Could the vet miss thrush? - The Horse Forum

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post #1 of 13 Old 07-09-2009, 12:57 AM Thread Starter
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Could the vet miss thrush?

My 12 year old who has been lame for about 3 weeks is baffling me still. I am treating him for thrush with hydrogen peroxide while he's resting. This is something I do periodically because he almost always has little bit. He is always really good with his feet so he surprised me today by reacting like it really hurts when I treat him. He has recently been trimmed and the farrier said he didn't really see any thrush in his front feet (we always take note becasue he's prone) and also when he went for his lameness and radiographs (all clean) he didn't mention anything about possible trush causing his lameness.

My question is, Could there be thrush only up in his sensitive tissues without seeing or smelling anything on the outside? Or do you have any other ideas what could cause this reaction? I wondered also if flexing the pasturn when I pick up his foot was hurting him so I walked him off right after putting it down again and he looked fine. THANKS.
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post #2 of 13 Old 07-09-2009, 08:11 AM
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well I have never dealt with thrush, but after flexing his pastern he was lame or limping at the least little bit,( maybe have someone else out there with you after you flex his pastern , they may see something your not) if the vet or farrier didnt see anything and you've explained the problem to them, I would have them research further. Good luck!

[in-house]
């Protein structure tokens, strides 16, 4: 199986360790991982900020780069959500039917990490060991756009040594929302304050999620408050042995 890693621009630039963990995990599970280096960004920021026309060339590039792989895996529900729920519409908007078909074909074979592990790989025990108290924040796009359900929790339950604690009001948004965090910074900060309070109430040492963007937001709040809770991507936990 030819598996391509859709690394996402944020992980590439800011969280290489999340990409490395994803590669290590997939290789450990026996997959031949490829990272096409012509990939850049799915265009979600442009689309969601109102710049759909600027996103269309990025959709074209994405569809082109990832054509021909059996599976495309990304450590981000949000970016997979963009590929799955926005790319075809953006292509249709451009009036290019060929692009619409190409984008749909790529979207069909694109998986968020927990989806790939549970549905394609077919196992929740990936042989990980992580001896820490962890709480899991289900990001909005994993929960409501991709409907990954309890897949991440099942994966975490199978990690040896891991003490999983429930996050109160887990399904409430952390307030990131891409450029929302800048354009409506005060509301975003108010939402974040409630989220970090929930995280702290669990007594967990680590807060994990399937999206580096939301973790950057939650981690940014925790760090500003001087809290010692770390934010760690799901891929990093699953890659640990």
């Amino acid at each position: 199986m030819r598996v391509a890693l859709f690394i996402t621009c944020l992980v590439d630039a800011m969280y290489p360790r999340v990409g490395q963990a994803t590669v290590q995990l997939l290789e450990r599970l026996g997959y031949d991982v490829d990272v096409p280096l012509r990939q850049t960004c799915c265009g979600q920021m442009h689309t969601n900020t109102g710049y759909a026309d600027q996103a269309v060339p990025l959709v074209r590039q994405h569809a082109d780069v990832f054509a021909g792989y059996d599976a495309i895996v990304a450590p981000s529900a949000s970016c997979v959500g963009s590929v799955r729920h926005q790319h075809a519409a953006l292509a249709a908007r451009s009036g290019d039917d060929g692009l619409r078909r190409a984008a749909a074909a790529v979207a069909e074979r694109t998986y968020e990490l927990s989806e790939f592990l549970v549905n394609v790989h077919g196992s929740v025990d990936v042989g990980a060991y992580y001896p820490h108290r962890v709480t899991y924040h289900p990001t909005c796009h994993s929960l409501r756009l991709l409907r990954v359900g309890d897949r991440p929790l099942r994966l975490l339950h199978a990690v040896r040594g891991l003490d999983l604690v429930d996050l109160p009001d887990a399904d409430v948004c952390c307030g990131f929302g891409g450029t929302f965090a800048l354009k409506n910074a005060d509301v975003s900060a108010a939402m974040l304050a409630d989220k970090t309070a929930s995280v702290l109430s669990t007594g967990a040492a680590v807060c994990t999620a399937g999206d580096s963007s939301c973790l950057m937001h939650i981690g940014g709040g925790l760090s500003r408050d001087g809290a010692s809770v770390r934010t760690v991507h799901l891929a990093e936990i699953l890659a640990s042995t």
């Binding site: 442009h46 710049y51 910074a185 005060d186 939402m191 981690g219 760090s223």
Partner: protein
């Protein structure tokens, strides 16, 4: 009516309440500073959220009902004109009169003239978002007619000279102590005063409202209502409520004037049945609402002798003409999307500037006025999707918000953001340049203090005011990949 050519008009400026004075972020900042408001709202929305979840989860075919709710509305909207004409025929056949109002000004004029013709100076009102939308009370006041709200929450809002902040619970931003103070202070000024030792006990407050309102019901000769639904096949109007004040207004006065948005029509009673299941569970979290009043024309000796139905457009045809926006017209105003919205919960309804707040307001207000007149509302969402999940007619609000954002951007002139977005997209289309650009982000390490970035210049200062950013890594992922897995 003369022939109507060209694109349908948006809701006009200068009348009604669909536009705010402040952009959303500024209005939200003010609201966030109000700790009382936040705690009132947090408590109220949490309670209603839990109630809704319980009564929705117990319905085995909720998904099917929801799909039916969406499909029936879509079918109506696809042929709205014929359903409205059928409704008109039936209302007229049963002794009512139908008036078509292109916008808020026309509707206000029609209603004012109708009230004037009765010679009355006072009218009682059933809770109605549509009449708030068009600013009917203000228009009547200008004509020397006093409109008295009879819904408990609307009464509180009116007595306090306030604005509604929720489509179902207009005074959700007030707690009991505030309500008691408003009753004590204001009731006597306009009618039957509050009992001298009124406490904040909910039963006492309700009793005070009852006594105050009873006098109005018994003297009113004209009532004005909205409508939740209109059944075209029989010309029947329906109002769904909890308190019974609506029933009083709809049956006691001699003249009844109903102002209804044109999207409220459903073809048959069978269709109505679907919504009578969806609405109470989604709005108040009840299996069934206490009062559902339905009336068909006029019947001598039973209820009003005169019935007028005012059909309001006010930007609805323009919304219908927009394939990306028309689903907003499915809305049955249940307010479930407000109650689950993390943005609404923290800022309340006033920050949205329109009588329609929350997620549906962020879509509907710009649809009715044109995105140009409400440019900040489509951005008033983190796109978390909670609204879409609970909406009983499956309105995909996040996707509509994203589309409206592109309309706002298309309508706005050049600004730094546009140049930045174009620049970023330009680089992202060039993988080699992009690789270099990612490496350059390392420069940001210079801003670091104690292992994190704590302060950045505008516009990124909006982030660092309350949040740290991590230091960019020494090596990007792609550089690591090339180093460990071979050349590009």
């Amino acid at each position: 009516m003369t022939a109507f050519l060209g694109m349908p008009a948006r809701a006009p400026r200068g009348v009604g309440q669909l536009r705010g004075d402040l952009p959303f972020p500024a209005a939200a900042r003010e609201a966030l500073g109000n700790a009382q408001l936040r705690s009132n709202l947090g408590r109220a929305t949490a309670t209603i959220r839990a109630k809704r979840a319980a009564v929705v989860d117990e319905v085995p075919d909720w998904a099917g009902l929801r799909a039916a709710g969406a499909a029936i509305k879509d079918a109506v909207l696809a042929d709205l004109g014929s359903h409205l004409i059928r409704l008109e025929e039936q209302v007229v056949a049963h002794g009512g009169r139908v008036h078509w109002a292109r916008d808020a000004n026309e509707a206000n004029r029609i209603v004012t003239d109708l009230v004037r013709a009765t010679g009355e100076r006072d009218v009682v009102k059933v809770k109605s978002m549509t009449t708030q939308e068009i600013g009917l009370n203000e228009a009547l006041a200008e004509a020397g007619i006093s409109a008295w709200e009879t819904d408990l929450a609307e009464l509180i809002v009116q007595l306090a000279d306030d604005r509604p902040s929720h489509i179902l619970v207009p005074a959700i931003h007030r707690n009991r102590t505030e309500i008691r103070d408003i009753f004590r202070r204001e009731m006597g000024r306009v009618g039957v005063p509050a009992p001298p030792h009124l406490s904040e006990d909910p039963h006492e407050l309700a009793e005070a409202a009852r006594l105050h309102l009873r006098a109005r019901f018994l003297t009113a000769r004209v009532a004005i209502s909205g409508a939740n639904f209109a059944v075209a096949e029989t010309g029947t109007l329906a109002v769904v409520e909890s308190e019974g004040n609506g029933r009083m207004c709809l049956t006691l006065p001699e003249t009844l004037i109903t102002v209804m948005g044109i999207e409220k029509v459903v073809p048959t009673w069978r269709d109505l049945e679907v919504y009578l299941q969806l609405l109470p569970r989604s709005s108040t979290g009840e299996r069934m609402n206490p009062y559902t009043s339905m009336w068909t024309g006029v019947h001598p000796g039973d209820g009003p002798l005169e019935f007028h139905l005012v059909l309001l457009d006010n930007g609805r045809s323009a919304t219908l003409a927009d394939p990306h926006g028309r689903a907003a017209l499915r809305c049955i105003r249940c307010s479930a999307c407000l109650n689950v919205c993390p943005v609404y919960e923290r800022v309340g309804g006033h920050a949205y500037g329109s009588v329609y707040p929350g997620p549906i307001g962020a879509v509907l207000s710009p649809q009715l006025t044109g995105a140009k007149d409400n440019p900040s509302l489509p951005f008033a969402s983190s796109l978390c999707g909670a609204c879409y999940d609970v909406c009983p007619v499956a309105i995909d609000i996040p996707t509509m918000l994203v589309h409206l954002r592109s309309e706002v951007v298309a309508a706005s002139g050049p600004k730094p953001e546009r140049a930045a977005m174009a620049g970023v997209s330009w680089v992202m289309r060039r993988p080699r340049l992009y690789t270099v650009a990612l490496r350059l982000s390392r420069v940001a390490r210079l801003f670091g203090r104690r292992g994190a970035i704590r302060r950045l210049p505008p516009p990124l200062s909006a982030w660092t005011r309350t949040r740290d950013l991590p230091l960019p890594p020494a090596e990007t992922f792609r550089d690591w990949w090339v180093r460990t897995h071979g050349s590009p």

Nancy
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post #3 of 13 Old 07-09-2009, 09:13 AM
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Mild thrush should not cause his lameness. How lame is he?

If your horse is prone, it can flare up at any time - thus show up after the vet saw him. How dry are his turnouts?

Why the hydrogen peroxide?
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post #4 of 13 Old 07-09-2009, 09:33 AM Thread Starter
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I am always working to keep thrush at bay with this boy because of the way his feet are (slightly contracted in the heel so the sulca (?) is more closed then open). The farrier keeps his frogs trimmed to keep the area open as much as possible and I use the hydrogen peroxide to flush and kill and bacteria periodically. The thrush has never made him lame and we've owned him since he was 4. His turnouts are dry (good pasture) but, like any horse he steps in manure and mud after it rains. I don't see any lameness lately because he's not allowed to do more then a walk. He was a little lame at the walk sometimes previously. Totally vet checked and radiographs of foot and nothing showed up. I'm wondering if the trush can exist deep in the foot without any outward signs...
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post #5 of 13 Old 07-09-2009, 12:34 PM
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Quote:
Originally Posted by msuhighfrequincy View Post